For the first time, physicists created a ‘fifth’ state of matter in space
In January last year, a rocket carrying a tiny chip packed with rubidium-87 atoms was launched more than 200 kilometers (124 miles) above the planet’s surface. The mission was brief, affording just six minutes of microgravity at its height.
But in that time the tiny chip briefly held the record for being the coldest spot in space.
On top of that, German researchers still managed to cram in more than 100 experiments. Their results are set to impact how we will one day study big things in the Universe.
The Matter-Wave Interferometry in Microgravity (MAIUS 1) experiment launched from Kiruna in Sweden was the first of several missions aiming to study a special fifth state of matter called a Bose-Einstein condensate (BEC) under microgravity conditions.
Collections of atoms usually jiggle with energy in such a way that we can theoretically see them as individuals weaving through a crowd.
Once that energy is taken away, they fall into a lull, for all purposes ending up with an identical set of characteristics, or quantum states. Rather than jump to their own beat, they become indistinguishable - a super particle with one identity.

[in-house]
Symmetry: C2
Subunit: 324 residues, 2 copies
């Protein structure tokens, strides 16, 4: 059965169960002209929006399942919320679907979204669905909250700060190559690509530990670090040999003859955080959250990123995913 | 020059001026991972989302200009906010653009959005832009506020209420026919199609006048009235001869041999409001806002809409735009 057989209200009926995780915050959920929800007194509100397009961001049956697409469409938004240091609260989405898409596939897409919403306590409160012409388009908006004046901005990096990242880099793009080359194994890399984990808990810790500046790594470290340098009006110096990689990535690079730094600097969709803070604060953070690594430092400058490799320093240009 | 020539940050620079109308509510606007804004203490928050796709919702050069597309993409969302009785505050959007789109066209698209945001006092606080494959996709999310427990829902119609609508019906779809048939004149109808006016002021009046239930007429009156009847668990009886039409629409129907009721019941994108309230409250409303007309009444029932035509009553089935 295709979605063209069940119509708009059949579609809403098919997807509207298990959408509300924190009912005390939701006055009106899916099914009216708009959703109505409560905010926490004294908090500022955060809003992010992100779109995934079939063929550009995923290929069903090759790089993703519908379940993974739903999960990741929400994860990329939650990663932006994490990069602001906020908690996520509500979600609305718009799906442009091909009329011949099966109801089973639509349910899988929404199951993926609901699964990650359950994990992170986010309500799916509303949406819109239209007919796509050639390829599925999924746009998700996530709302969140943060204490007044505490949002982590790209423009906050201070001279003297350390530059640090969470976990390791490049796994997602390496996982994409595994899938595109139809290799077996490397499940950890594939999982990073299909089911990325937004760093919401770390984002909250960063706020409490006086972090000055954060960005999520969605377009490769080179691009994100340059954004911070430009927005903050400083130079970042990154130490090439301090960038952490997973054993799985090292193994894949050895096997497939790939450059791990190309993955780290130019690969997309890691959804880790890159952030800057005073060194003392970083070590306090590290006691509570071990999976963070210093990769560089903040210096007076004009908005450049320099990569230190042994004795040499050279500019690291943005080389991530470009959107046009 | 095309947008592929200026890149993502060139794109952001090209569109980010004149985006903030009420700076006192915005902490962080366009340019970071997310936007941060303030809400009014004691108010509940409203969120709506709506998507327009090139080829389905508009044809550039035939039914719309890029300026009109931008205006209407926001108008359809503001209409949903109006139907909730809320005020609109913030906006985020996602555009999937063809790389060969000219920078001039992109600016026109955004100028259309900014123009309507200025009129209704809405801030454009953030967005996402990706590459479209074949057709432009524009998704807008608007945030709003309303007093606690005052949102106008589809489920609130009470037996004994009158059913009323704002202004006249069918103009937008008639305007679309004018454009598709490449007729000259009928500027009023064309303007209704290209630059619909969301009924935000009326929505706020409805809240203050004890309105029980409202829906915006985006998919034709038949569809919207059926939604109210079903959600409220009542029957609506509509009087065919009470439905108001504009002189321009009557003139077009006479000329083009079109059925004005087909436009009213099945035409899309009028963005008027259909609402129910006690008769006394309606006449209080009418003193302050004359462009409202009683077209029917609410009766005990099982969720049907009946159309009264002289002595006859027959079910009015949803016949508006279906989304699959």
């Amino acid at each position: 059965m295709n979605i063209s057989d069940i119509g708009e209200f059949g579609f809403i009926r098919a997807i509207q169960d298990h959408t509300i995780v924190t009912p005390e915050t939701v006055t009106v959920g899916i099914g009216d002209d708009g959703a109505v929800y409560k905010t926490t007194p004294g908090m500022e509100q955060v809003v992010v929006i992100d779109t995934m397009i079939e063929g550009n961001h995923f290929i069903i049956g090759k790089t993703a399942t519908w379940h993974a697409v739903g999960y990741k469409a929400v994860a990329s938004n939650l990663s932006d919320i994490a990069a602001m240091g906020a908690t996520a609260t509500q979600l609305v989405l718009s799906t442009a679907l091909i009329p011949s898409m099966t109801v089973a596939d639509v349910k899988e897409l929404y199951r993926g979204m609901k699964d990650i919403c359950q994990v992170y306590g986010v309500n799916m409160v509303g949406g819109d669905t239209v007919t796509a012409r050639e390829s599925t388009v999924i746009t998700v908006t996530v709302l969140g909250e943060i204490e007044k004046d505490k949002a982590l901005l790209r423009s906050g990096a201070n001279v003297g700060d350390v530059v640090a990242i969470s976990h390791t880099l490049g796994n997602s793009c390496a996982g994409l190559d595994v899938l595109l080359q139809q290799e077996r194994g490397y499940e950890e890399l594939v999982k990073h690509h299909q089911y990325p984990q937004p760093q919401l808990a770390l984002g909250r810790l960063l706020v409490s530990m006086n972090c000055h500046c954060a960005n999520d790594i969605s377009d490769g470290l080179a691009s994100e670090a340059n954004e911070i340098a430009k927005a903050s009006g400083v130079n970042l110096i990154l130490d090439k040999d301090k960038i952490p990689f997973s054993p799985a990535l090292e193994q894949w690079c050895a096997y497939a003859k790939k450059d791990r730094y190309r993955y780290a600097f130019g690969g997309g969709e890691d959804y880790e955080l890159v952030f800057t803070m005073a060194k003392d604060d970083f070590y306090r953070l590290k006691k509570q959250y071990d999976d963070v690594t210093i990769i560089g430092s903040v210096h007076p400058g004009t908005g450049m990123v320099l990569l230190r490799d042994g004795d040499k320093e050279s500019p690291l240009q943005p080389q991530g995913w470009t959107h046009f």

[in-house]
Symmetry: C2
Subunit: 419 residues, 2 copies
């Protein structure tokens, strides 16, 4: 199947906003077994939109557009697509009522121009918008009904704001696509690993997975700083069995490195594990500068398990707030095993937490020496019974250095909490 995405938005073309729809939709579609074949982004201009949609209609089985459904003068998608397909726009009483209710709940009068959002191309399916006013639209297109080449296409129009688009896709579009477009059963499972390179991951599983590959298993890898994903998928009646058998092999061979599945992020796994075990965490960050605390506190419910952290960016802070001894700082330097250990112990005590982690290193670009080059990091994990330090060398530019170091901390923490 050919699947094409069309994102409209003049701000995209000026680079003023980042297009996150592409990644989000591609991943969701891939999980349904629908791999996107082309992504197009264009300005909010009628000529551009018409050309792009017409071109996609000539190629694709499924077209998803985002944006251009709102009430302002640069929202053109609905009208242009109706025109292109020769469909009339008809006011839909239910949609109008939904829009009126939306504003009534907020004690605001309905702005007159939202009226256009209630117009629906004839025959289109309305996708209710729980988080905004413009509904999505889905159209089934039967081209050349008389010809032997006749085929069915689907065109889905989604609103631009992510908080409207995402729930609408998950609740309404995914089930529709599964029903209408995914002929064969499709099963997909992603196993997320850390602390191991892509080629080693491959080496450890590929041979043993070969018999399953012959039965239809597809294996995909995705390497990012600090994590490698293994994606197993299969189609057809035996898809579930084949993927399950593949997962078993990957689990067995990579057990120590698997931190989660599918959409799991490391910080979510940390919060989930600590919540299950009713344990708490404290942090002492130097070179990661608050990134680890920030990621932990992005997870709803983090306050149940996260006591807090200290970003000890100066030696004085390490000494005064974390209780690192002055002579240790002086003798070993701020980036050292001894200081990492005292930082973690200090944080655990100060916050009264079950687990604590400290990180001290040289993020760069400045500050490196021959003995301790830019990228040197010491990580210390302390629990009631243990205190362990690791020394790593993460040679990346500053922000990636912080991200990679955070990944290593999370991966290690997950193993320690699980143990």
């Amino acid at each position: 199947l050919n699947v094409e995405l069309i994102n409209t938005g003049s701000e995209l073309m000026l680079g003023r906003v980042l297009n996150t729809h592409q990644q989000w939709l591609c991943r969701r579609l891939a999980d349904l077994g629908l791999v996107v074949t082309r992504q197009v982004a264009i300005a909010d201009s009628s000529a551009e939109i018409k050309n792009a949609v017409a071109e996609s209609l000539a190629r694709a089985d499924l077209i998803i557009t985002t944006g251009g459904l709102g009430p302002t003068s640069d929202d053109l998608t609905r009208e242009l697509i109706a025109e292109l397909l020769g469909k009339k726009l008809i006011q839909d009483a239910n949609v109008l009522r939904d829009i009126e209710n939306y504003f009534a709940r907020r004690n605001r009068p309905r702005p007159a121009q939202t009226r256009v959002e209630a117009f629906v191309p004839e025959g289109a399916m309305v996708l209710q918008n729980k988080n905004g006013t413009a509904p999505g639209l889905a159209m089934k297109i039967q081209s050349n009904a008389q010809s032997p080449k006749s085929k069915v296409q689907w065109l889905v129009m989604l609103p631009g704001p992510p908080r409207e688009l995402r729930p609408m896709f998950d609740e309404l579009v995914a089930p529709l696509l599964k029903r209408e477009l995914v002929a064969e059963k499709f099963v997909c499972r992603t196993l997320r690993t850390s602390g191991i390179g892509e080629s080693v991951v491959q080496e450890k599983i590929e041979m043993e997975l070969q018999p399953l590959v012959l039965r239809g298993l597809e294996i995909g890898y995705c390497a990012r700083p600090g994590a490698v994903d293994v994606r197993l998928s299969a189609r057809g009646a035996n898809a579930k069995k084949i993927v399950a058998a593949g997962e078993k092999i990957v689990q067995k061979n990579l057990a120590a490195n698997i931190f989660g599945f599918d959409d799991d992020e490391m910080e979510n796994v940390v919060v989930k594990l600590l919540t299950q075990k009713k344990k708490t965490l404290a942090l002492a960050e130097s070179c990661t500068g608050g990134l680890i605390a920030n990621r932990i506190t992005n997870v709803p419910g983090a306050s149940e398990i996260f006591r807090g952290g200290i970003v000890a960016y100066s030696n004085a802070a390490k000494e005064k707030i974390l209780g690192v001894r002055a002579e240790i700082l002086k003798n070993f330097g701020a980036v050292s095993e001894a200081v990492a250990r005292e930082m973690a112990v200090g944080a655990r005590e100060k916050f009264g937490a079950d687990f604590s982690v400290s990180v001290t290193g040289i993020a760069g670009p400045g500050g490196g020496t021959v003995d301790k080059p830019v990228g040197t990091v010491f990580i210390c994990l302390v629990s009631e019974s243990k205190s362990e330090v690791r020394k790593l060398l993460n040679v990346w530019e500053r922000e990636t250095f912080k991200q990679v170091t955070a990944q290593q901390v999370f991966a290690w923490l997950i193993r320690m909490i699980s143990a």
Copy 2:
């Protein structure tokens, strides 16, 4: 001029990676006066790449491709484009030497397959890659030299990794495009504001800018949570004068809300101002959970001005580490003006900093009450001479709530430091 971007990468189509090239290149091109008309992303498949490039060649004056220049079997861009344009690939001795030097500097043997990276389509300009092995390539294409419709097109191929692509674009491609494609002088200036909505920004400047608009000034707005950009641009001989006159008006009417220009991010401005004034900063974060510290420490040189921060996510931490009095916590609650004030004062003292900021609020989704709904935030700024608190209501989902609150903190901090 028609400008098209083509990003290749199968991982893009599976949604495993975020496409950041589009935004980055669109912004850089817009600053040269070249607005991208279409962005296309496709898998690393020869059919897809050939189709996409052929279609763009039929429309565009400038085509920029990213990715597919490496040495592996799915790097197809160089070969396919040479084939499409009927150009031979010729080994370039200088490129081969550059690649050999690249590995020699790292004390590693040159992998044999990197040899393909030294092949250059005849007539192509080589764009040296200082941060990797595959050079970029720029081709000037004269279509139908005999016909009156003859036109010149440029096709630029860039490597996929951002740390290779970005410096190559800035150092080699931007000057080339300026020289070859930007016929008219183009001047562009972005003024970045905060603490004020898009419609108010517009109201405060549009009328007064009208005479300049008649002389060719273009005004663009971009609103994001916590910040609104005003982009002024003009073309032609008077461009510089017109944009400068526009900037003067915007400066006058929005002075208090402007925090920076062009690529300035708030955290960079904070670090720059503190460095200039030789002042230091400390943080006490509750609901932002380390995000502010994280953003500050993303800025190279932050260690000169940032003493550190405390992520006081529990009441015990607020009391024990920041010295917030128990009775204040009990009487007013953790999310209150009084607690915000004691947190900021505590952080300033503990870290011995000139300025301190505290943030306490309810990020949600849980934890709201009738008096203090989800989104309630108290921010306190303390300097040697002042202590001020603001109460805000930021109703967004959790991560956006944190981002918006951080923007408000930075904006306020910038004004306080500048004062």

Forcing particles to be quiet typically entails holding them in an electromagnetic trap while carefully tuned lasers strike them with perfect timing, a little like hitting a person on a swing in such a way they slow down rather than speed up.
Once the atoms are quiet, the trap can be turned off and the experiment can begin. Just be quick – you need to catch the atom cloud before it drops to the bottom of the container.
Without gravity ruining the party, researchers would have more time to conduct more complicated experiments.
Usually, BECs need a room of equipment to cool atoms. So researchers from a number of German institutions had to first work together to miniaturize the setup.
The end result was a small chip containing atoms of rubidium, which could be packed inside a sounding rocket – an unpiloted research vessel – and shot up to a height of 243 kilometers (150 miles).